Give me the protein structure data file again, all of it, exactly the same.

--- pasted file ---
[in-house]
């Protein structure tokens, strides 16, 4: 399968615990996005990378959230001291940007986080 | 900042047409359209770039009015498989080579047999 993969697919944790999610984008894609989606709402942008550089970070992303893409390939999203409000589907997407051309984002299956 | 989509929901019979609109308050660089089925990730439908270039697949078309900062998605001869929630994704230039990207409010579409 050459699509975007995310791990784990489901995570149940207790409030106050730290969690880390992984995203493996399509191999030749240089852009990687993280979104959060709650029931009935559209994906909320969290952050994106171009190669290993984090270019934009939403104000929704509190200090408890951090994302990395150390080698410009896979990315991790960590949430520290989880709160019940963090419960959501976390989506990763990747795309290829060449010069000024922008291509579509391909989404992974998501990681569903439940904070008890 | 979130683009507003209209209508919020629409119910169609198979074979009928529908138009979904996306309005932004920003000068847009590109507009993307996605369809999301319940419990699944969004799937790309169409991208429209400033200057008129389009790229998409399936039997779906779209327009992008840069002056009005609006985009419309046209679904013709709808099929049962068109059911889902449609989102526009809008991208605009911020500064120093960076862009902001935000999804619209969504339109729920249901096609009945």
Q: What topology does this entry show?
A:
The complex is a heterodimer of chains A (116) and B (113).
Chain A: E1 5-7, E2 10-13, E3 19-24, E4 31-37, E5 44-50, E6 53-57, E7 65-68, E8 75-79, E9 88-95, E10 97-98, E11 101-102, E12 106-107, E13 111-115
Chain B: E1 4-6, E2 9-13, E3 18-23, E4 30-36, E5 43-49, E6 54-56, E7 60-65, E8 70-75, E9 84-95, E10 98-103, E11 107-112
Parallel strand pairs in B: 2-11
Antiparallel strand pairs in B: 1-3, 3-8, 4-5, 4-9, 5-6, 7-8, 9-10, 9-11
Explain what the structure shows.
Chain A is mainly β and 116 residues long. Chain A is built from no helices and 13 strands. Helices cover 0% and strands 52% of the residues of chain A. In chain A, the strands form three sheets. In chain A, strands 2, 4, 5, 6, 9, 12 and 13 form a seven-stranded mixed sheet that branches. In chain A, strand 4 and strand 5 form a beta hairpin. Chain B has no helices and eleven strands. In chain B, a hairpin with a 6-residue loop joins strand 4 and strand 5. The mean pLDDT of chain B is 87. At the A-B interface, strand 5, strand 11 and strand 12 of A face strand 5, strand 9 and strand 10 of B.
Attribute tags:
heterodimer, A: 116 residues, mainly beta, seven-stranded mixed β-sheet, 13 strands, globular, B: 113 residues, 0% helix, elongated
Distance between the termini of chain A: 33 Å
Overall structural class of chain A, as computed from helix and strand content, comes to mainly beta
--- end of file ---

[in-house]
């Protein structure tokens, strides 16, 4: 399968615990996005990378959230001291940007986080 | 900042047409359209770039009015498989080579047999 993969697919944790999610984008894609989606709402942008550089970070992303893409390939999203409000589907997407051309984002299956 | 989509929901019979609109308050660089089925990730439908270039697949078309900062998605001869929630994704230039990207409010579409 050459699509975007995310791990784990489901995570149940207790409030106050730290969690880390992984995203493996399509191999030749240089852009990687993280979104959060709650029931009935559209994906909320969290952050994106171009190669290993984090270019934009939403104000929704509190200090408890951090994302990395150390080698410009896979990315991790960590949430520290989880709160019940963090419960959501976390989506990763990747795309290829060449010069000024922008291509579509391909989404992974998501990681569903439940904070008890 | 979130683009507003209209209508919020629409119910169609198979074979009928529908138009979904996306309005932004920003000068847009590109507009993307996605369809999301319940419990699944969004799937790309169409991208429209400033200057008129389009790229998409399936039997779906779209327009992008840069002056009005609006985009419309046209679904013709709808099929049962068109059911889902449609989102526009809008991208605009911020500064120093960076862009902001935000999804619209969504339109729920249901096609009945």
Q: What topology does this entry show?
A:
The complex is a heterodimer of chains A (116) and B (113).
Chain A: E1 5-7, E2 10-13, E3 19-24, E4 31-37, E5 44-50, E6 53-57, E7 65-68, E8 75-79, E9 88-95, E10 97-98, E11 101-102, E12 106-107, E13 111-115
Chain B: E1 4-6, E2 9-13, E3 18-23, E4 30-36, E5 43-49, E6 54-56, E7 60-65, E8 70-75, E9 84-95, E10 98-103, E11 107-112
Parallel strand pairs in B: 2-11
Antiparallel strand pairs in B: 1-3, 3-8, 4-5, 4-9, 5-6, 7-8, 9-10, 9-11
Explain what the structure shows.
Chain A is mainly β and 116 residues long. Chain A is built from no helices and 13 strands. Helices cover 0% and strands 52% of the residues of chain A. In chain A, the strands form three sheets. In chain A, strands 2, 4, 5, 6, 9, 12 and 13 form a seven-stranded mixed sheet that branches. In chain A, strand 4 and strand 5 form a beta hairpin. Chain B has no helices and eleven strands. In chain B, a hairpin with a 6-residue loop joins strand 4 and strand 5. The mean pLDDT of chain B is 87. At the A-B interface, strand 5, strand 11 and strand 12 of A face strand 5, strand 9 and strand 10 of B.
Attribute tags:
heterodimer, A: 116 residues, mainly beta, seven-stranded mixed β-sheet, 13 strands, globular, B: 113 residues, 0% helix, elongated
Distance between the termini of chain A: 33 Å
Overall structural class of chain A, as computed from helix and strand content, comes to mainly beta